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1.1 About Zebra

Today, TCP/IP networks are covering all of the world. The Internet has been deployed in many countries, companies, and to the home. When you connect to the Internet your packet will pass many routers which have TCP/IP routing functionality.

A system with Zebra installed acts as a dedicated router. With Zebra, your machine exchanges routing information with other routers using routing protocols. Zebra uses this information to update the kernel routing table so that the right data goes to the right place. You can dynamically change the configuration and you may view routing table information from the Zebra terminal interface.

Adding to routing protocol support, Zebra can setup interface's flags, interface's address, static routes and so on. If you have a small network, or a stub network, or xDSL connection, configuring the Zebra routing software is very easy. The only thing you have to do is to set up the interfaces and put a few commands about static routes and/or default routes. If the network is rather large, or if the network structure changes frequently, you will want to take advantage of Zebra's dynamic routing protocol support for protocols such as RIP, OSPF or BGP. Zebra is with you.

Traditionally, UNIX based router configuration is done by ifconfig and route commands. Status of routing table is displayed by netstat utility. Almost of these commands work only if the user has root privileges. Zebra has a different system administration method. There are two user modes in Zebra. One is normal mode, the other is enable mode. Normal mode user can only view system status, enable mode user can change system configuration. This UNIX account independent feature will be great help to the router administrator.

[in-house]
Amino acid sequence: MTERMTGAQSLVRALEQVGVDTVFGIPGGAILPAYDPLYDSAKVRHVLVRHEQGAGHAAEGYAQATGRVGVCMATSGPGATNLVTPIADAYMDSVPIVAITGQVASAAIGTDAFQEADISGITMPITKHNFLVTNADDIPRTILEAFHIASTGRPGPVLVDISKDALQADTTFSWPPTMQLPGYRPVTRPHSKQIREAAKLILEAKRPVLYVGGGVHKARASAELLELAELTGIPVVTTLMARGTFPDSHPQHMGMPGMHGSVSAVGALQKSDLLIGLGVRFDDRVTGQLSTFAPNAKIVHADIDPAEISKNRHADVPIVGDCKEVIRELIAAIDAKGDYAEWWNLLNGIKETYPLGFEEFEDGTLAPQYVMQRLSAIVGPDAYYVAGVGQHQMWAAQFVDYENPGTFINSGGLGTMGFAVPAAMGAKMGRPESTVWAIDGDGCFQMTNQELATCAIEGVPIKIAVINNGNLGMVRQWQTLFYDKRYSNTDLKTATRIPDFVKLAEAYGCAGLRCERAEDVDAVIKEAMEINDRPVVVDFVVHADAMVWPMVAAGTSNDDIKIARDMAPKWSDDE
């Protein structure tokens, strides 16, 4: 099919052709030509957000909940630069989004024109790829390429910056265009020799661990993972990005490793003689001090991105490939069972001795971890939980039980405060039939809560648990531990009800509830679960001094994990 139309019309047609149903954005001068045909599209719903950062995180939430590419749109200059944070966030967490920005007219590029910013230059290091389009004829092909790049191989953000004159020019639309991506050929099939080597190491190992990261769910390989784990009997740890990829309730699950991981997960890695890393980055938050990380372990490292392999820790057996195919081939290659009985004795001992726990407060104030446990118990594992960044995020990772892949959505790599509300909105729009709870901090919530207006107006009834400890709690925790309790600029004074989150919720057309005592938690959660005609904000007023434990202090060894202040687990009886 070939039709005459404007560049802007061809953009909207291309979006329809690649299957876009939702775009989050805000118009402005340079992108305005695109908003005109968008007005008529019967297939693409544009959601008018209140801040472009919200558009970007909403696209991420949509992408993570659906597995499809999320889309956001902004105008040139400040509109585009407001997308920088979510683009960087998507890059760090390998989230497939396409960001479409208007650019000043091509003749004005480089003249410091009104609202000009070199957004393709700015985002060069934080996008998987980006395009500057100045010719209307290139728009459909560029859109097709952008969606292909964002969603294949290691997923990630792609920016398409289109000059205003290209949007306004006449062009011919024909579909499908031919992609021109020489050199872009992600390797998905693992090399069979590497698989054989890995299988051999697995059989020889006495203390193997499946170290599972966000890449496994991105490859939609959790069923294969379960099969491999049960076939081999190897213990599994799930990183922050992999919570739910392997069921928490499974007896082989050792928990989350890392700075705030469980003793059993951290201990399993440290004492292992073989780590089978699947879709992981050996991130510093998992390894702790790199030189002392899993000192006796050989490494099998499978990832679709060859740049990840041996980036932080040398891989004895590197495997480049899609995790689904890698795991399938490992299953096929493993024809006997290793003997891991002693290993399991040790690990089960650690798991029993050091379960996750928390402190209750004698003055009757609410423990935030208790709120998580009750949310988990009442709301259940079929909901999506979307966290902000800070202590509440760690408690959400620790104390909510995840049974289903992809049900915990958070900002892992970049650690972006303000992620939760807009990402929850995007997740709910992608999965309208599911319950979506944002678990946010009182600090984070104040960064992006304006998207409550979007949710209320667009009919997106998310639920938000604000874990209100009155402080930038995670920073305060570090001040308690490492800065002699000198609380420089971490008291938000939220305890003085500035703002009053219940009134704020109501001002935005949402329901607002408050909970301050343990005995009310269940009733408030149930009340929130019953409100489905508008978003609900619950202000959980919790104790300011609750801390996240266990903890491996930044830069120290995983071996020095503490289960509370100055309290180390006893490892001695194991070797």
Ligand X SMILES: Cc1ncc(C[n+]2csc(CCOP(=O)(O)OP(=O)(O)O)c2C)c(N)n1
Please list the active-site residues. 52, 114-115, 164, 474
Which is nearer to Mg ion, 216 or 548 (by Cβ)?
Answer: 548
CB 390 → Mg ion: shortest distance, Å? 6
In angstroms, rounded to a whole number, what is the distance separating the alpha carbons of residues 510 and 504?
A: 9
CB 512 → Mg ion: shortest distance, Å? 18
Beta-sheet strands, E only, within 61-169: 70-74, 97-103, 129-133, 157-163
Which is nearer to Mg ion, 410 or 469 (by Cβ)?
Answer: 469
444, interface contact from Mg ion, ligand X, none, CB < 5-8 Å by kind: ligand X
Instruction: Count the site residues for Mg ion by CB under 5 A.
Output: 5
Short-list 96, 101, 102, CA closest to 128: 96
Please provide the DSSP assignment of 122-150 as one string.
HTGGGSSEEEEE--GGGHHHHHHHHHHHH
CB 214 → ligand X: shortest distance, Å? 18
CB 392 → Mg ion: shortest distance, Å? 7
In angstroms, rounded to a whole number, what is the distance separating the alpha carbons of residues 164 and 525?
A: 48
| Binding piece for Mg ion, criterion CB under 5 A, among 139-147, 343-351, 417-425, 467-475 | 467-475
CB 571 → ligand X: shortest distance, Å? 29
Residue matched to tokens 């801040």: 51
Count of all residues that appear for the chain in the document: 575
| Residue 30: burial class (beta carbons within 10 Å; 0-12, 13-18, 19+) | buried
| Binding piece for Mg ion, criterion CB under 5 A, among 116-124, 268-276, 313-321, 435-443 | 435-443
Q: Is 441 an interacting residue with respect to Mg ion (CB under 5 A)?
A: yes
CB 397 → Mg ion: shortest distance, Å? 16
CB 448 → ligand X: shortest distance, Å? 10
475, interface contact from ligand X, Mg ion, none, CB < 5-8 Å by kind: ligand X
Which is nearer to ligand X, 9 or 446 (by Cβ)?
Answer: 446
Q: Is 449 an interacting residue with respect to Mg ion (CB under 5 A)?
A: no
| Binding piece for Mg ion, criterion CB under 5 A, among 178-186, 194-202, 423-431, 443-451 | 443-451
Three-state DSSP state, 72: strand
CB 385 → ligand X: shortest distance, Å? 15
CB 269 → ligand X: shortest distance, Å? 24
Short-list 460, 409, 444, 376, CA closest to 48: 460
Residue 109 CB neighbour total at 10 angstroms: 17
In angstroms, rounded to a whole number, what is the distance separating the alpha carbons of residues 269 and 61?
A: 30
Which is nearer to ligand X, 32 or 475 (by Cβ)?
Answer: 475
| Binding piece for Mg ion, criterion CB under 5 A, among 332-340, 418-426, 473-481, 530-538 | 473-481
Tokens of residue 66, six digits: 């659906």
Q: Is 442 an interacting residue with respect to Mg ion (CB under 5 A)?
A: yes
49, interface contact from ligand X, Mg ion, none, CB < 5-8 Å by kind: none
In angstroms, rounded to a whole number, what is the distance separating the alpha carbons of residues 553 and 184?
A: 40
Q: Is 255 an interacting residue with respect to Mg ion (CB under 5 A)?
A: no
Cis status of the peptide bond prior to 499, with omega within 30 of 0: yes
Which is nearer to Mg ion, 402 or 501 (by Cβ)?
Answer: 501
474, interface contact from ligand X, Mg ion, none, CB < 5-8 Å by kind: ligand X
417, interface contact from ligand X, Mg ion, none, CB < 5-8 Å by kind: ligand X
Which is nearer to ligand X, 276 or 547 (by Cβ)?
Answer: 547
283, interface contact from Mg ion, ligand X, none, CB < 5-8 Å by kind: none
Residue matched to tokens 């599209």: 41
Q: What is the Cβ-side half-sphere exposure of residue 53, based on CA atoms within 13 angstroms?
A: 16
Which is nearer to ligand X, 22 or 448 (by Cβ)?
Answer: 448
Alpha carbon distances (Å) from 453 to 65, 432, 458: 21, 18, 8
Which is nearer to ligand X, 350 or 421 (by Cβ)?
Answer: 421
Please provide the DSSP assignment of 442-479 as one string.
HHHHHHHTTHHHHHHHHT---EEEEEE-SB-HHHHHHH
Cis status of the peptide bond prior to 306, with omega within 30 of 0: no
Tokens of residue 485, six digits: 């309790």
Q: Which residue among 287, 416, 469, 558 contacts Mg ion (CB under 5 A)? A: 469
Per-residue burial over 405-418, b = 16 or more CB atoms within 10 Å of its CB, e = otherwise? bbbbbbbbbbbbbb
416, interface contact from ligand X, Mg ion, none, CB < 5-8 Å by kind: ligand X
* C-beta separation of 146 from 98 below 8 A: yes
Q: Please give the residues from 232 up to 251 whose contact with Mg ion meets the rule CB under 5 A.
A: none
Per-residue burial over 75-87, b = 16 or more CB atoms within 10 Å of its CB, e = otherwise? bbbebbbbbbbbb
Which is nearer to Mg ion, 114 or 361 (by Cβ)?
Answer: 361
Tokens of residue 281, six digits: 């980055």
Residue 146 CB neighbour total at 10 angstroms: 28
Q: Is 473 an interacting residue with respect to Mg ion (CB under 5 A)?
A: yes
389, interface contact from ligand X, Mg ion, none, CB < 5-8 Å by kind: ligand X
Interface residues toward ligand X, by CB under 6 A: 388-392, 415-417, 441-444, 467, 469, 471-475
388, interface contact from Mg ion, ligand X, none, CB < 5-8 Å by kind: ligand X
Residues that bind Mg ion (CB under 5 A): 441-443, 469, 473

Currently, Zebra supports common unicast routing protocols. Multicast routing protocols such as BGMP, PIM-SM, PIM-DM will be supported in Zebra 2.0. MPLS support is going on. In the future, TCP/IP filtering control, QoS control, diffserv configuration will be added to Zebra. Zebra project's final goal is making a productive, quality free TCP/IP routing software.

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This document was generated by Jasper Wallace on April, 24 2001 using texi2html